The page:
Harvard Business School held onto first place in BusinessWeek’s biennial ranking of the world’s best schools for open enrollment executive education programs. But the big news was the emergence of Spain-based IESE Business School which jumped seven places to rank just behind Harvard as the second best school in the world.
The ranking, released today (Nov. 10), lists the top 20 business schools in the world in executive education. INSEAD, Columbia Business School, and Spain-based ESADE rounded out the top five.
IESE also surged ahead in BusinessWeek’s ranking of custom education players, climbing four places to a rank of third behind only No. 1 Duke University’s Fuqua School of Business and No. 2 INSEAD.
The University of Pennsylvania’s Wharton School, a major exec ed player, was ranked seventh, unchanged from 2009 when BusinessWeek last ranked executive education programs. Duke University’s Fuqua School, also a major player in the industry, ranked ninth, a rise of nine places from its dismal 18th place showing last time. Northwestern University’s Kellogg School of Management, one of the pioneers of the executive education field, ranked 12th, up one spot from 13th.
The schools that took the biggest tumbles were MIT Sloan, which fell nine places to 19th; London Business School and Ashbridge Business School, which both dropped eight spots to 14th and 16th, respectively, and the University of Michigan’s Ross School of Business and IMD, which both fell seven places to respectively rank at 15th and 11th.
In custom programming, the big winner was Columbia Business School which shot up 10 places to land 10th from 20th. The losers? MIT Sloan and the Center for Creative Leadership. Both institutions dropped six places to a rank of 20th for MIT and a rank of nine for the Center for Creative Leadership.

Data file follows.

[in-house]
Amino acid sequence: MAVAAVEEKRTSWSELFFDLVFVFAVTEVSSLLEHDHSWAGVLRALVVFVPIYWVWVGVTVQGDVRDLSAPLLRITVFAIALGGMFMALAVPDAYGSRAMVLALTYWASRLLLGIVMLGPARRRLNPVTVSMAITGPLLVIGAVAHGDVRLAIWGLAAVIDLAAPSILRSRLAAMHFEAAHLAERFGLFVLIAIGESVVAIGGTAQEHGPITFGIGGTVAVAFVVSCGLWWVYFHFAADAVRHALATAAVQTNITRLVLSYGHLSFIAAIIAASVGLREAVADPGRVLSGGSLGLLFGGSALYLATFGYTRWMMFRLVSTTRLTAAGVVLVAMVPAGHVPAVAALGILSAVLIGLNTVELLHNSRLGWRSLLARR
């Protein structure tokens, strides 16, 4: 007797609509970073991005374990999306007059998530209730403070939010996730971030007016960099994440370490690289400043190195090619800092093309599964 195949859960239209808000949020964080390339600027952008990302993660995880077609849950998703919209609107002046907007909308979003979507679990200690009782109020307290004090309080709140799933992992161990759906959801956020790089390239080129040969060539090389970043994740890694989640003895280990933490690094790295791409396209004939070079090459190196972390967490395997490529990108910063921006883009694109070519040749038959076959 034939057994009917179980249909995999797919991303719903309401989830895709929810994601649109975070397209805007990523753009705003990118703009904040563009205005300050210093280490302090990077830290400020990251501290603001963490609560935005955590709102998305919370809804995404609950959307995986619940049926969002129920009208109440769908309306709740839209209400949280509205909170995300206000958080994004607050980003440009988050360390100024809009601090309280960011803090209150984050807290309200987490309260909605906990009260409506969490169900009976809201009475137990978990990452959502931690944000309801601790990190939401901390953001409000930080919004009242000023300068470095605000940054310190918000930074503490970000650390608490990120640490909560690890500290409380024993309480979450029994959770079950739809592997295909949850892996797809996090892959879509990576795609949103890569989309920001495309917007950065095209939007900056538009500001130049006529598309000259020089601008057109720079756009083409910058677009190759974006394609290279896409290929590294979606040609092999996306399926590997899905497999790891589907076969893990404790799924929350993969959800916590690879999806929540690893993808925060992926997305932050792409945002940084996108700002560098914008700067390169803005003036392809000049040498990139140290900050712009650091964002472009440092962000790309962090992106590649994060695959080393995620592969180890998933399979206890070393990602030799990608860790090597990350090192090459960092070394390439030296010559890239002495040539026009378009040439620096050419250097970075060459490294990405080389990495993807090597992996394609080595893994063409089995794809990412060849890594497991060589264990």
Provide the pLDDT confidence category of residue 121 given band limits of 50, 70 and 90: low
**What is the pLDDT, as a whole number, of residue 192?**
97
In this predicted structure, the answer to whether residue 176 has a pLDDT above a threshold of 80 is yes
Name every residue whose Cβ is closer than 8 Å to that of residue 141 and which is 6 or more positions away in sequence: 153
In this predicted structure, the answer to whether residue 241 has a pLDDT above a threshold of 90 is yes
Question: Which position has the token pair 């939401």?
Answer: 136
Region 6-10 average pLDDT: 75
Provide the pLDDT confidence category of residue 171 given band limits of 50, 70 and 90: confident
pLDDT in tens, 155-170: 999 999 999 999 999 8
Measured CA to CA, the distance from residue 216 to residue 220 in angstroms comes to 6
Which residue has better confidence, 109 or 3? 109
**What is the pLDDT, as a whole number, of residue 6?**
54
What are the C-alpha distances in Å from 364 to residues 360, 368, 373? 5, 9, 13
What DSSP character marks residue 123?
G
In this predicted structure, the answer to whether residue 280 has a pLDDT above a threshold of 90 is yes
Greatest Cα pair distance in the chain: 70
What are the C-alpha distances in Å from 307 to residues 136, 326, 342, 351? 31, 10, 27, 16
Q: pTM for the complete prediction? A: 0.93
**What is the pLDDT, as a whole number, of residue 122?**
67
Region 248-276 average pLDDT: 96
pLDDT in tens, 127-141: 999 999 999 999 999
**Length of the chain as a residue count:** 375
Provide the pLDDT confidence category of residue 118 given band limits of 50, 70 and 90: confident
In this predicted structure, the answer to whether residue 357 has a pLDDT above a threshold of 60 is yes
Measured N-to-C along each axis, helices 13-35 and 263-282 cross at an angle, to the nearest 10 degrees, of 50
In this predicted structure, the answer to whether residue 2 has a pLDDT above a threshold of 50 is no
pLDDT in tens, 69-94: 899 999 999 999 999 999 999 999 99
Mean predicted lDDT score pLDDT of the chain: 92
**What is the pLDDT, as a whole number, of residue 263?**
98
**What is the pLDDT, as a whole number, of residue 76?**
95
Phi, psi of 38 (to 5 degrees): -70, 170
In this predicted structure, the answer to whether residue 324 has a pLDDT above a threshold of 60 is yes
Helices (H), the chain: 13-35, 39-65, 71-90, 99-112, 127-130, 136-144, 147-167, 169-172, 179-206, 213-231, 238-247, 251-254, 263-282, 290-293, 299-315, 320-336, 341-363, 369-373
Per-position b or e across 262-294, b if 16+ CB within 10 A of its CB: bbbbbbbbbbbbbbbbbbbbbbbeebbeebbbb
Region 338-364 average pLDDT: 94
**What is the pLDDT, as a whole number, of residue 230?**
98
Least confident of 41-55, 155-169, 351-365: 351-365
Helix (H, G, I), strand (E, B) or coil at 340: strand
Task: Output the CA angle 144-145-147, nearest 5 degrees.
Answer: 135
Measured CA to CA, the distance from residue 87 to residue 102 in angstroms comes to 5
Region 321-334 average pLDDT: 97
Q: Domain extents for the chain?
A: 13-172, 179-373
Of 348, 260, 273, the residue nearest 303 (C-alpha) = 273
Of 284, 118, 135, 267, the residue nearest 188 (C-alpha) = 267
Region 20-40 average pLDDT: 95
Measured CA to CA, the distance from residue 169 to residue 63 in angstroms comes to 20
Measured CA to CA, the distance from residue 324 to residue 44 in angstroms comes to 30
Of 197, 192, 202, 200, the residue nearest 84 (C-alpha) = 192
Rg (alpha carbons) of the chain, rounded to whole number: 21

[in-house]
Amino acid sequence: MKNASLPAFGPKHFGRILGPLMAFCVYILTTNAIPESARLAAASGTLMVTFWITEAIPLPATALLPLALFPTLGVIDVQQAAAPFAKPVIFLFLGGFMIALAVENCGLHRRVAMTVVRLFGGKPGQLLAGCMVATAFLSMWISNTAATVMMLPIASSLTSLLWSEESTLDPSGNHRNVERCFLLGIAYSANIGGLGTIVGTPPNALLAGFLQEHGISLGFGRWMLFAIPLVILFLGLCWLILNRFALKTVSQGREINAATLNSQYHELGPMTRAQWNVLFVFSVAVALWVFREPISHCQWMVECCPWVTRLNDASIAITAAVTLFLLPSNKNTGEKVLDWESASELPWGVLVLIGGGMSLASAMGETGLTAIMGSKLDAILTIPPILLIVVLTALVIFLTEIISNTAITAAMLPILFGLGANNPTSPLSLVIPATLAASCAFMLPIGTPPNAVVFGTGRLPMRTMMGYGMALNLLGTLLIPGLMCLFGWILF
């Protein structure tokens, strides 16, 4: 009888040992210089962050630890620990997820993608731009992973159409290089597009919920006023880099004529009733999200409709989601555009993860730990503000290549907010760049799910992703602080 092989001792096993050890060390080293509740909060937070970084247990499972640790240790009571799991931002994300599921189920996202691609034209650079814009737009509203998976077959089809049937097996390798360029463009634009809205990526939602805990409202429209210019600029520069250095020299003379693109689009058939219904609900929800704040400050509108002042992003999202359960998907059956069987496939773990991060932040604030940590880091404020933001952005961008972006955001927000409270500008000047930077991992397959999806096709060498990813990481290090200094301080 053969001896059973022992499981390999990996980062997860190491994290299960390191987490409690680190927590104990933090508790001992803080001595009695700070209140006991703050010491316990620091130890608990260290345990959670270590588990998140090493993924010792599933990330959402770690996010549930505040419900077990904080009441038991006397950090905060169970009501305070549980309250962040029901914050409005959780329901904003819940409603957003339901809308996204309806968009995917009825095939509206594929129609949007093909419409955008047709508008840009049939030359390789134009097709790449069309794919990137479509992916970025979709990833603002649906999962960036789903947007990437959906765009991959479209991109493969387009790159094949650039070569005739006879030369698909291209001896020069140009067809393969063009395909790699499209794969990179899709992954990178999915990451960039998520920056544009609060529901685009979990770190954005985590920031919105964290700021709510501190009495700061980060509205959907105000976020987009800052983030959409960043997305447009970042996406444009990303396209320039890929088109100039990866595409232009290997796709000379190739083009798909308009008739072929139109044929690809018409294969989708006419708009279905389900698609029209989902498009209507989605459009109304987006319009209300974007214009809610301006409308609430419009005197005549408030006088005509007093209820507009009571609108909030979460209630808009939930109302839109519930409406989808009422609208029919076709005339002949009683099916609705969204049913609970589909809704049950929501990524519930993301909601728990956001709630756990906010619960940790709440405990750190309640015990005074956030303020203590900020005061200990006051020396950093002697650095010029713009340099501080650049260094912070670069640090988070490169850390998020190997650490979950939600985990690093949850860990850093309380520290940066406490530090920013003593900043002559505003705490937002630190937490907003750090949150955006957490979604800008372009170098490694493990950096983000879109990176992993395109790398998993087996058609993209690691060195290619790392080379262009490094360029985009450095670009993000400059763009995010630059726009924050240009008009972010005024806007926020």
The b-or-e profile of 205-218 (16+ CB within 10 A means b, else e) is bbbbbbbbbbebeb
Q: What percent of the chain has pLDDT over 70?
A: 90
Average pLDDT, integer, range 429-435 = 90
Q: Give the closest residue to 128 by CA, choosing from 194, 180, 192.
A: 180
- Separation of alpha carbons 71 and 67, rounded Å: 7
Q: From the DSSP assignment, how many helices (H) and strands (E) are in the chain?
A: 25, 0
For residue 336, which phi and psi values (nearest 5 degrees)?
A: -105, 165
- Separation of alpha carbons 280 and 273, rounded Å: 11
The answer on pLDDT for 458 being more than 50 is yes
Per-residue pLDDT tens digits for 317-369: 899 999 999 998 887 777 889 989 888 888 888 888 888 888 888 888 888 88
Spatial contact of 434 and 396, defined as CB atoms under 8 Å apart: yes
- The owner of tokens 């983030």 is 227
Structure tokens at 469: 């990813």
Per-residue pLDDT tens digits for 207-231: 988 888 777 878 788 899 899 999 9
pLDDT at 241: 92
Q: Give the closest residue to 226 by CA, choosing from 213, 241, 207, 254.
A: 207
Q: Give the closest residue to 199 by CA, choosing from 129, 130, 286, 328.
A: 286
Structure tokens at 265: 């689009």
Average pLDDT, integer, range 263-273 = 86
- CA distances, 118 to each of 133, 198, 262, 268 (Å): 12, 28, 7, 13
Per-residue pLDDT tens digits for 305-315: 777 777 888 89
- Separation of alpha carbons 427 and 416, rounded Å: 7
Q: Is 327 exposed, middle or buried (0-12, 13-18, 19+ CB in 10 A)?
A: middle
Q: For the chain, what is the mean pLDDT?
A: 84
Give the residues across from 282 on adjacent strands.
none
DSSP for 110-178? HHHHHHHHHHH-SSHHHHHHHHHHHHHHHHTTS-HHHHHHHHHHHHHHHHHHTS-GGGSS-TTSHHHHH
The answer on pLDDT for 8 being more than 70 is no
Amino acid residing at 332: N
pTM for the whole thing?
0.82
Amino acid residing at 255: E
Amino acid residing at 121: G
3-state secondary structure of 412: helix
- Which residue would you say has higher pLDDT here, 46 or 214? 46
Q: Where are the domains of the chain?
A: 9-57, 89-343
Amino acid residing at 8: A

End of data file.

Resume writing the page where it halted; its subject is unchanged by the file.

To compile the rankings, the magazine first asks the schools being examined to supply a list of client companies. Then, with the help of an outside polling company, Cambria Consulting, BusinessWeek asks those companies to complete a survey asking which programs they are familiar with and which programs they consider the best. In both open-enrollment and custom categories, the companies rank their top programs.
A No. 1 ranking is worth 10 points, a No. 2 ranking 9 points, and so on. To calculate the final ranking, BusinessWeek adds up each program’s point total, multiplies it by the number of companies ranking a given school, and then divides that figure by the number of companies that indicated a familiarity with that program. “The goal,” according to BusinessWeek, is “to identify the programs that are considered best-in-class by the vast majority of companies that are familiar with them.”